“They wah have to kill me fu tek me out; bruk down my house with me een deh,” one determined single mother resident of the swampland vowed.
The parcel of land and swamp just off the road to the Chetumal Street Bridge is called Gungulung. All of the families have been there for at least five years, some of them since 2000 when the area was thick bush and deep swamp.
The residents, a mix of born and naturalized Belizeans, claim that they were promised on many occasions that they would receive documents for the pieces of land they occupy. They say that Lake Independence Area Representative, Mark King promised them that they could apply to the Lands Department and he would provide his recommendations.
“He said to us: ‘Come to my office, come and apply, come let us work together’. …
“ Everybody has been to Minister Mark King’s office and all they get is ‘the map has not been approved yet…the map is not ready yet’”, declared long-time area resident Bernarda Rivera.
But that is a lie, she claims, and today she showed The Reporter a copy of a survey map for the area, completed in July 2014.
Rivera has raised her family in the swampland, but today she fears she will be forced to move. And those fears may be realized! She told Reporter that she has confirmed that Area Representative King is signing recommendations for those very same parcels of land are being given out to other applicants.
“We have discovered that he has issued our land … he has given recommendation letters to his cronies, to his people, to his employees, to his committee members, to his relatives … he has given them the recommendation letters. He has personally taken those applications to Belmopan.”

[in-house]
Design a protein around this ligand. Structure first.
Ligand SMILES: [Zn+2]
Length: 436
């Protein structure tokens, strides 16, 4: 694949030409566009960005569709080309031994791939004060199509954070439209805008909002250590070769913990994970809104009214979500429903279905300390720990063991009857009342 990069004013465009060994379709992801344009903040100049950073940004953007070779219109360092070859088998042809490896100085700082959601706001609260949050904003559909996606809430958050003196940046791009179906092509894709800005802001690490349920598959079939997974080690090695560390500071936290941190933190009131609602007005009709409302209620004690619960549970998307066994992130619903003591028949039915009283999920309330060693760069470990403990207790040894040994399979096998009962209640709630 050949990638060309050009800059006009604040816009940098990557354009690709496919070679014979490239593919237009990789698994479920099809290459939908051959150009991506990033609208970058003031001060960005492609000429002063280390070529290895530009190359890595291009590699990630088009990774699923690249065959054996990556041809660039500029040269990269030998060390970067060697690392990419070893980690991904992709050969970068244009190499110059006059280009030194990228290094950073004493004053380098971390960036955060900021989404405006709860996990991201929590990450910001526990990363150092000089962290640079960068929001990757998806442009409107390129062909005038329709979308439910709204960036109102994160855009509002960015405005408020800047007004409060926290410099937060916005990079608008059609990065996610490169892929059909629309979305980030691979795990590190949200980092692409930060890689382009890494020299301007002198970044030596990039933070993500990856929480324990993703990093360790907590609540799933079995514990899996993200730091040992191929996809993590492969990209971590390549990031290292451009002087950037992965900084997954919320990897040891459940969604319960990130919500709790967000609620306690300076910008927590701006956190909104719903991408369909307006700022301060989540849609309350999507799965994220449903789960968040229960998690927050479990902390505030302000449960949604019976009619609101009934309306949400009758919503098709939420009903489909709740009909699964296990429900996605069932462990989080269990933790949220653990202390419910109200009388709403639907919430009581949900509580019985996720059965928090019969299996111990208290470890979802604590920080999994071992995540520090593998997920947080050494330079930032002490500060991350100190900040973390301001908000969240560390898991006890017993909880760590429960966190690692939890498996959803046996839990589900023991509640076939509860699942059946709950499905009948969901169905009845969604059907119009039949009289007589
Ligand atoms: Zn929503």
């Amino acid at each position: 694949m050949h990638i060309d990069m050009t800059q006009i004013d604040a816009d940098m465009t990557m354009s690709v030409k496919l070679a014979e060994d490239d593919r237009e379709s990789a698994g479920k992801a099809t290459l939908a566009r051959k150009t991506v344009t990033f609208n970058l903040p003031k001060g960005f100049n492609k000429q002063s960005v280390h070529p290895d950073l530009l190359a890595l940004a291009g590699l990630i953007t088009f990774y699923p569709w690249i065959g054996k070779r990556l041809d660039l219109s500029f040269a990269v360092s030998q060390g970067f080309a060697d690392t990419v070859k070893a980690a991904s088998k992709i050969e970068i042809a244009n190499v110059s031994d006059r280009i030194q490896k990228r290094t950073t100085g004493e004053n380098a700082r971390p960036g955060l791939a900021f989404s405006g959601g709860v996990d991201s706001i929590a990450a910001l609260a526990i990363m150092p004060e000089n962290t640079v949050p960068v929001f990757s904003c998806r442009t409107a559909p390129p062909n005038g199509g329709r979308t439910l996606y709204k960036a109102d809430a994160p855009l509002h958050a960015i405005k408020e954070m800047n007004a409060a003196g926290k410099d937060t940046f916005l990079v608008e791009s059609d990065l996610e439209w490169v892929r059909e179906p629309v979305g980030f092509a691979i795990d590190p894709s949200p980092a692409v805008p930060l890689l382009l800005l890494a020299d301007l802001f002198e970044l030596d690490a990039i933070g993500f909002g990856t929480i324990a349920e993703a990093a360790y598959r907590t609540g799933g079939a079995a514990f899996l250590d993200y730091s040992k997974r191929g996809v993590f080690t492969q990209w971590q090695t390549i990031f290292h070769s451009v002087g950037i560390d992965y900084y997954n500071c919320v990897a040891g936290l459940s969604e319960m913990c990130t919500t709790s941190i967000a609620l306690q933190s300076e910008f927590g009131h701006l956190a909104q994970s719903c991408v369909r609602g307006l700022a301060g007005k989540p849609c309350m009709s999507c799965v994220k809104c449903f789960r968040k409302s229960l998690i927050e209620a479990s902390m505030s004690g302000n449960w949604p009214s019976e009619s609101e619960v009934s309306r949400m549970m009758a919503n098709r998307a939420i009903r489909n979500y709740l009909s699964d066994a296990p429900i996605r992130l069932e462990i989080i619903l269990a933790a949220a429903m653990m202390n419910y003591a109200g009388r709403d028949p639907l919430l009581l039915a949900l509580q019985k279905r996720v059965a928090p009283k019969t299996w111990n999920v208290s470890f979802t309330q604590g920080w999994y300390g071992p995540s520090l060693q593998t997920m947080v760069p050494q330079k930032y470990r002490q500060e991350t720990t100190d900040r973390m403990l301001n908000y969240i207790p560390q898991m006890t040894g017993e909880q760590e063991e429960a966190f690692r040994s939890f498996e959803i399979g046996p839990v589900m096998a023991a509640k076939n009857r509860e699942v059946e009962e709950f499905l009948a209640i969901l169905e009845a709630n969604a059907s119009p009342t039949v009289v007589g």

While the term “squatters” rarely elicits public sympathy, these residents say they are simply poor settlers who cut large trees and bush to try to make a home for themselves because they have no other options. The area is still largely swamp with hundreds of feet of makeshift “London Bridges” linking the homes. There is no connection to the electricity grid, just miles of electrical cables strung on line- sticks to provide “borrowed” power. There is no running water in the homes, and residents have to line up at a public standpipe nearby.
Still, home is where the heart is, and these settlers say they will fight to hold on to what is theirs, in their hearts, if not on paper at the Lands Department.
And there will most certainly be political repercussions, if not for the government, then at least for Area Representative Mark King. These residents showed Reporter their Voter Ids cards, and say they all supported King at the last elections based on his promise that they would get title to their parcels of land in Gungulung.
Multiple attempts to reach King for clarification or comment were unsuccessful. This newspaper was referred to a release which stateed: The Minister wishes to inform residents that squatters must prepare to be re-located as the Government, through the Lands Department maintains a zero tolerance policy for squatting.”